LONDON — Paul McCartney says it’s time an experimental Beatles track saw the light of day.
McCartney says he wants to release “Carnival of Light,” a 14-minute experimental track the Fab Four recorded in 1967 but never released.
The band played the recording for an audience just once, at an electronic music festival in London. It reportedly includes distorted guitar, organ sounds, gargling and shouts of “Barcelona!” and “Are you all right?” from McCartney and John Lennon.
McCartney said during a recording session at Abbey Road studios he asked the other members of the band to “just wander round all of the stuff and bang it, shout, play it. It doesn’t need to make any sense.”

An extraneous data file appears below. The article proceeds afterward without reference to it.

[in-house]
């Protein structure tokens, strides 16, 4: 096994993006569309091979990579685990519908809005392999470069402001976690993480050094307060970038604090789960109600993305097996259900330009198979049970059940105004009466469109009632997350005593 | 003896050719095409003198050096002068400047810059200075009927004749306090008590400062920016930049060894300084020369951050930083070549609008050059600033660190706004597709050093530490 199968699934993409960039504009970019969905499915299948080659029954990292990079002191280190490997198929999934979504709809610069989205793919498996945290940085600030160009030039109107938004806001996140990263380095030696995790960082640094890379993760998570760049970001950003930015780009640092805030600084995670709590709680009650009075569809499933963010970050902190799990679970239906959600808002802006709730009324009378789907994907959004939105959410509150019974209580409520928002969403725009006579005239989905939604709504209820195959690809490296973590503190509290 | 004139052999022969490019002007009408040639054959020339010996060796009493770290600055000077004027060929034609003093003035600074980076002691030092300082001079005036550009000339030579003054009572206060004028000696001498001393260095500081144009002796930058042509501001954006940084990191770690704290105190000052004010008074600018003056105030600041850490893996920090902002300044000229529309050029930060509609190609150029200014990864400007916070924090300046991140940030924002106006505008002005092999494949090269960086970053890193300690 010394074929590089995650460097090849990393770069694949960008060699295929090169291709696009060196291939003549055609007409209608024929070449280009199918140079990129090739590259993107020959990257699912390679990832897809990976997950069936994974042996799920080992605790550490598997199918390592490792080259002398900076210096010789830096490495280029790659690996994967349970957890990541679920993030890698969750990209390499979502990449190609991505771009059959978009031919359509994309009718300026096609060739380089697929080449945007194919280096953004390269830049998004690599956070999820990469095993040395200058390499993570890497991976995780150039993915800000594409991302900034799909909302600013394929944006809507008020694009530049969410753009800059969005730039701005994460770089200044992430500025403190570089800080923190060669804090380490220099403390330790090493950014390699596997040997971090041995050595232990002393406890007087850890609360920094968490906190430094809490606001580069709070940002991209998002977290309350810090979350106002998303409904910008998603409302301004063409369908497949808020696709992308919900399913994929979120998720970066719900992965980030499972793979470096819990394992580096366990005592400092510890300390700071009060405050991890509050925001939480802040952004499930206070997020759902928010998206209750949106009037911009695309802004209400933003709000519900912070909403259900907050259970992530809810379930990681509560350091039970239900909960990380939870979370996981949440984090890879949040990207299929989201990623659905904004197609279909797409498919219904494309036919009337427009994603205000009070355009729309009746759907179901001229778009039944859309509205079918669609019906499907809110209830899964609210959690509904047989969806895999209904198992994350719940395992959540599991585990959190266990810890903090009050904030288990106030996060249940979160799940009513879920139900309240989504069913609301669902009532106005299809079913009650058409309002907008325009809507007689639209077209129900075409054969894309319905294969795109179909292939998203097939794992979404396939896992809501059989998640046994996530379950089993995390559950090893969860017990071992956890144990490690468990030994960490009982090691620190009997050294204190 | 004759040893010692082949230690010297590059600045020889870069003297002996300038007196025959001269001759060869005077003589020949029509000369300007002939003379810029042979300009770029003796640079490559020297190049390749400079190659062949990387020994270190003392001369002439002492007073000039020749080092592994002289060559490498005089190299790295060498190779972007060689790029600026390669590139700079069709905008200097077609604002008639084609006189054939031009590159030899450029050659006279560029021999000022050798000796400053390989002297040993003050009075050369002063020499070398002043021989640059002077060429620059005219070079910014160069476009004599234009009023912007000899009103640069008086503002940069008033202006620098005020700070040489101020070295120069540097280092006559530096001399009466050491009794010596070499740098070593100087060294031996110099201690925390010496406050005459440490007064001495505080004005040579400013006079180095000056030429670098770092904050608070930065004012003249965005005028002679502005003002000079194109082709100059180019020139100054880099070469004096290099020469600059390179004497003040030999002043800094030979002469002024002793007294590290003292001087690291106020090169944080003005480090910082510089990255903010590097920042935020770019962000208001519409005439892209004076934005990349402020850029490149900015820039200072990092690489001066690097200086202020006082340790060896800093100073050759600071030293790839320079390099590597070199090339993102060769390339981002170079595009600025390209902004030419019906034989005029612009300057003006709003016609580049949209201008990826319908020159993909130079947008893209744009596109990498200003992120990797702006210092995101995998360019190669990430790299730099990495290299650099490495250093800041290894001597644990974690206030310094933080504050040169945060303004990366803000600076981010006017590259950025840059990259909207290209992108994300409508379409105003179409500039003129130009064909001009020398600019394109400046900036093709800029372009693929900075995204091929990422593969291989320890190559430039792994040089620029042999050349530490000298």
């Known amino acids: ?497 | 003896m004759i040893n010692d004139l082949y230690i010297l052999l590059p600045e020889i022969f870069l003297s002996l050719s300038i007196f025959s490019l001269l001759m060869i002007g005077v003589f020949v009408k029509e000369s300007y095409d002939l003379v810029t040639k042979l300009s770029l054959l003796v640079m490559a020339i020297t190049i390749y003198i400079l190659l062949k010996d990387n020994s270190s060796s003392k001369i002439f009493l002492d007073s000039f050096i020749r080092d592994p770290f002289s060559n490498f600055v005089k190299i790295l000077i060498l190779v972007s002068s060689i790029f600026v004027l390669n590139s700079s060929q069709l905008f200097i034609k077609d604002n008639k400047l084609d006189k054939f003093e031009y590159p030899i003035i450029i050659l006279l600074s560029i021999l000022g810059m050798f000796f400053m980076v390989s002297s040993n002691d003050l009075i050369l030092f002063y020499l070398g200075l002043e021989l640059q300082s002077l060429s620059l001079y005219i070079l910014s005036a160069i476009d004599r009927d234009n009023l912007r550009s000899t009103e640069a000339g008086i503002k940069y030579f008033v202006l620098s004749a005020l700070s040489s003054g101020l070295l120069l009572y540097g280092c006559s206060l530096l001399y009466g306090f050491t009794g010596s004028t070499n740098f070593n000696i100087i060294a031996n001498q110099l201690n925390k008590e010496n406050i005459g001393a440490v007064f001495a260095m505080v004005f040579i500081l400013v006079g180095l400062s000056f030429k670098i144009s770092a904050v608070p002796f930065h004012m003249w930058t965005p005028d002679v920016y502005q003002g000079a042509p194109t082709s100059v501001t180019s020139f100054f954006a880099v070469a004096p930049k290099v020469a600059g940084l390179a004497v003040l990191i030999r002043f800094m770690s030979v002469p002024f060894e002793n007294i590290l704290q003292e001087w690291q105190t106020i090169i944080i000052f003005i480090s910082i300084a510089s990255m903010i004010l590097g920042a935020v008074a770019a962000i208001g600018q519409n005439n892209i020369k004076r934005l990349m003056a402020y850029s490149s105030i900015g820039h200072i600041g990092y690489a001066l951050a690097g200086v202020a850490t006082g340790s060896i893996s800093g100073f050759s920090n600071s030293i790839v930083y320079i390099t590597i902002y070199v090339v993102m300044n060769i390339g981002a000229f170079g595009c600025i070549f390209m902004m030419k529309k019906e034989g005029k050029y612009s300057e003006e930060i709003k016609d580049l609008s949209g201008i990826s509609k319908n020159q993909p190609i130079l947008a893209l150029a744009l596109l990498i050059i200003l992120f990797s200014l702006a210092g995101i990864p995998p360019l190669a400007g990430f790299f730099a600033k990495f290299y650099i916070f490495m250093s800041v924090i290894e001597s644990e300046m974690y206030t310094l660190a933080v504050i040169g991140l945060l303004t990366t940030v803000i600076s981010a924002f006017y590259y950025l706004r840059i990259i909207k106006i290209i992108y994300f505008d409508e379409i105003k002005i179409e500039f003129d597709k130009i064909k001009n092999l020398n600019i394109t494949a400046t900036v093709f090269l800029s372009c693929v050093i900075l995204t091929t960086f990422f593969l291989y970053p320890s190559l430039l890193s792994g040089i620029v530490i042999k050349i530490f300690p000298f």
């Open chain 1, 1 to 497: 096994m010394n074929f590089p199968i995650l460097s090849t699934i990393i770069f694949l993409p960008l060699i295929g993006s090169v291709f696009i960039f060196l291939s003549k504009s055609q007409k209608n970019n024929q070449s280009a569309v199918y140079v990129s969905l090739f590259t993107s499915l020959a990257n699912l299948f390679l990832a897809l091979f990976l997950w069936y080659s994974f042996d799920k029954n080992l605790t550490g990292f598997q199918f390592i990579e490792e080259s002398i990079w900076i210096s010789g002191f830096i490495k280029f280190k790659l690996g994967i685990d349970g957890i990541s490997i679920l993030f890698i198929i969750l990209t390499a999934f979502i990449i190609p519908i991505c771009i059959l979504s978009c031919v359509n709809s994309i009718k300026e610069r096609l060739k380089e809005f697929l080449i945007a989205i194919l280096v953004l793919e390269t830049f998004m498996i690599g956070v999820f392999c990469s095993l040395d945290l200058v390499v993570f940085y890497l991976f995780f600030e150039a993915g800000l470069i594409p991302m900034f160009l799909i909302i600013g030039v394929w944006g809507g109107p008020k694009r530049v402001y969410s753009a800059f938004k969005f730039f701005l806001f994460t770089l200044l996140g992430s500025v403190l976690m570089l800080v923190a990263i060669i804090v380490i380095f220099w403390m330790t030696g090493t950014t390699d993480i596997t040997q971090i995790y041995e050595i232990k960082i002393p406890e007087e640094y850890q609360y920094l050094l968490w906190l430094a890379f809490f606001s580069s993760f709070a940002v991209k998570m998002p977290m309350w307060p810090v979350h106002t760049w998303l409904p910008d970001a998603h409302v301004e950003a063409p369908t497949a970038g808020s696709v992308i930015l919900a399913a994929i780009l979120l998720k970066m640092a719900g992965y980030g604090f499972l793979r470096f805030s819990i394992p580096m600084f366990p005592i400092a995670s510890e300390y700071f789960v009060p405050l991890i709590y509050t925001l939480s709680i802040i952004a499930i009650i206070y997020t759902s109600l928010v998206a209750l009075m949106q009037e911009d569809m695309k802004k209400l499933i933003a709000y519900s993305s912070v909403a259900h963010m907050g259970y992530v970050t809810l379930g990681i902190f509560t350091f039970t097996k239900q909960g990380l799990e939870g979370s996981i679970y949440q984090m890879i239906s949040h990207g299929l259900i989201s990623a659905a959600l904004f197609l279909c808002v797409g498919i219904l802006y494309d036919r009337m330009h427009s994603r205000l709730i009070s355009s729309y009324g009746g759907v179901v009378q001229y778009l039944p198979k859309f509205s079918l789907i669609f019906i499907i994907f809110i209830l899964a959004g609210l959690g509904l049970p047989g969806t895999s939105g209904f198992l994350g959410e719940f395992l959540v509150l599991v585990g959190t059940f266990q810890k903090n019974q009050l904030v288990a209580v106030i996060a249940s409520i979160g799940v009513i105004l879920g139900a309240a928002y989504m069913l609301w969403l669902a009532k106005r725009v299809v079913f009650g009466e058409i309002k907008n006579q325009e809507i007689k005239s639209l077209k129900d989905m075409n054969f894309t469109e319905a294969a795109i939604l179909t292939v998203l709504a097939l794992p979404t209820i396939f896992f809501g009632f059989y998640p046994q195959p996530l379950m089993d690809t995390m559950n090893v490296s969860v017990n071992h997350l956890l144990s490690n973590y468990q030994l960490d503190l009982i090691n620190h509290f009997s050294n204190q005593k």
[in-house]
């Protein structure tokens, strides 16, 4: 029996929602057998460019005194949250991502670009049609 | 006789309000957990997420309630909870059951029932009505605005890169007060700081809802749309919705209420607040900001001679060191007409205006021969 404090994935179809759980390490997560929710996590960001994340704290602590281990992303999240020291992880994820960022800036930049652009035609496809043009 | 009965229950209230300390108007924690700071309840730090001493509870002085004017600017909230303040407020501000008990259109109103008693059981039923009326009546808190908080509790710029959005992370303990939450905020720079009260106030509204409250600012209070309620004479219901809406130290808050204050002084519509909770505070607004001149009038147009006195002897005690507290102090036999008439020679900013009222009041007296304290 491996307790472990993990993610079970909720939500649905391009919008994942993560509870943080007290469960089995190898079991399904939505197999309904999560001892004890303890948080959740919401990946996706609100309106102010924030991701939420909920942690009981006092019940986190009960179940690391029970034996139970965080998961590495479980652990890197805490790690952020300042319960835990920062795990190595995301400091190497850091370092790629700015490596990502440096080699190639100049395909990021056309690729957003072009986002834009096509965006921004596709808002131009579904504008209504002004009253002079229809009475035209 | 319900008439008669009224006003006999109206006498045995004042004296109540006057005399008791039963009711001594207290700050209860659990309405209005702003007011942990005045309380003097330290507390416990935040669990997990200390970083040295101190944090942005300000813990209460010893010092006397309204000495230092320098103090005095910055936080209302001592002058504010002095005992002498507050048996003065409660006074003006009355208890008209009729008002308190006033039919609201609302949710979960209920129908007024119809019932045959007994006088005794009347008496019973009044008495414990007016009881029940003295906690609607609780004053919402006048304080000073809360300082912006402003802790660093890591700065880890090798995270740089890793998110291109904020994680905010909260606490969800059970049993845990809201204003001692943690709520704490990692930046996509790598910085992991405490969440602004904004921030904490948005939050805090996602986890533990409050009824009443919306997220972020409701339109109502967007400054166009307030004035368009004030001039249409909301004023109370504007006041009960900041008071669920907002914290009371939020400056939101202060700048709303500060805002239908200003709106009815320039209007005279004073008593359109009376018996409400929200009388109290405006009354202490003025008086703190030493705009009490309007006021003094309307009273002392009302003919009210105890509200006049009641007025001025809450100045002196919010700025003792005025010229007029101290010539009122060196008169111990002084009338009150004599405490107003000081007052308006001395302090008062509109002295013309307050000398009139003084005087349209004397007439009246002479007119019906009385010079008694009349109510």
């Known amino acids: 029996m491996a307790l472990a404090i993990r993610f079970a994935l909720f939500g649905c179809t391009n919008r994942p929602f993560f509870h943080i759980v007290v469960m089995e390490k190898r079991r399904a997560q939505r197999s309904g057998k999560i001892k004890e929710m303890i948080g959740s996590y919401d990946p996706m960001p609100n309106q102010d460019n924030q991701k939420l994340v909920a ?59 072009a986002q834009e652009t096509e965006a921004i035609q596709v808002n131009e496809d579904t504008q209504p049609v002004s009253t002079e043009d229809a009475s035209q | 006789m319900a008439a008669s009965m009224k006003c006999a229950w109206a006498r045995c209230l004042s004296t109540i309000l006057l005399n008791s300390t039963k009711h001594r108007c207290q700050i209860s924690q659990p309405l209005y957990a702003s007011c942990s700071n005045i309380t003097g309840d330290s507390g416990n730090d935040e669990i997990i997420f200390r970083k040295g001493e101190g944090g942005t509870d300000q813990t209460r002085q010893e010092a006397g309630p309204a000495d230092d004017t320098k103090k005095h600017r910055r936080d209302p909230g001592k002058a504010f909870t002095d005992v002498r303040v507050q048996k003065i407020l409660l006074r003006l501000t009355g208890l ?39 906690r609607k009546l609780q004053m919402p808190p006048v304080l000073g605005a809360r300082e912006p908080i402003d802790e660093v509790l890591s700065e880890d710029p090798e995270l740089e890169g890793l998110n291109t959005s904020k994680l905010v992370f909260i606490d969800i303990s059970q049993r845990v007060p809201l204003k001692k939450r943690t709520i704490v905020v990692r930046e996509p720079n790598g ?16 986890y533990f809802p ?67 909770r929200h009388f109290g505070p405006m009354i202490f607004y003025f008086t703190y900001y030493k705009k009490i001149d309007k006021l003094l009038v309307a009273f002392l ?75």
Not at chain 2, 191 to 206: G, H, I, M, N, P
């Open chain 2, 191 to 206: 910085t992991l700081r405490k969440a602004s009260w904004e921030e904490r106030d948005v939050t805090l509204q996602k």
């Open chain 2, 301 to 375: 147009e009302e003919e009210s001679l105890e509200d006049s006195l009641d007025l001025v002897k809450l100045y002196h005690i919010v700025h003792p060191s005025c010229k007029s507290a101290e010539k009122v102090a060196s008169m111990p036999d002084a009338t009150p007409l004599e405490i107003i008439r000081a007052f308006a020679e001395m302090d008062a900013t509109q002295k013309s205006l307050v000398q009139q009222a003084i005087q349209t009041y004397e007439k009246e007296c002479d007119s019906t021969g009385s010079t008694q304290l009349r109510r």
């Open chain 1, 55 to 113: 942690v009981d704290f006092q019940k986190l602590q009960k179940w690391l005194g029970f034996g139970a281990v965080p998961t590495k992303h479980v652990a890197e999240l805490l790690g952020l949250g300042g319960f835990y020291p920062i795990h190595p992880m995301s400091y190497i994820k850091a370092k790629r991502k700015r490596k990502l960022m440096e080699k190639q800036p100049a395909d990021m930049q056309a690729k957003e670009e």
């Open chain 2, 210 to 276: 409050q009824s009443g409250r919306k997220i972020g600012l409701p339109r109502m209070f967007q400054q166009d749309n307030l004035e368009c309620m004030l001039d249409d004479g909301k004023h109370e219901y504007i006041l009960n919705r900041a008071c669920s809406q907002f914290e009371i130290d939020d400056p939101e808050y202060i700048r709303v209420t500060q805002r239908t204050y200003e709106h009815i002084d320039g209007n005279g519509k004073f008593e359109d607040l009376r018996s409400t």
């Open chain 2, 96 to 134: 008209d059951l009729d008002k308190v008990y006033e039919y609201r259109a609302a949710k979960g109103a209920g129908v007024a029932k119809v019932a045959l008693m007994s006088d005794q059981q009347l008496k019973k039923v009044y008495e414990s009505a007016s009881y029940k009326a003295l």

“I like it because it’s The Beatles free, going off piste,” he told the BBC in a radio interview to be broadcast Thursday. Extracts of the interview were published Sunday in The Observer newspaper.
McCartney said he still had a master tape of the piece and “the time has come for it to get its moment.”
McCartney, usually regarded as the most melodically minded Beatle, told the BBC he had a long-standing interest in avant-garde music. He said “Carnival of Light” was inspired by experimental composers John Cage and Karlheinz Stockhausen.
He said he had wanted to include the track on the Beatles’ “Anthology” compilation, but was vetoed by his bandmates.
McCartney would need permission from Ringo Starr and the widows of Lennon and George Harrison to release the track.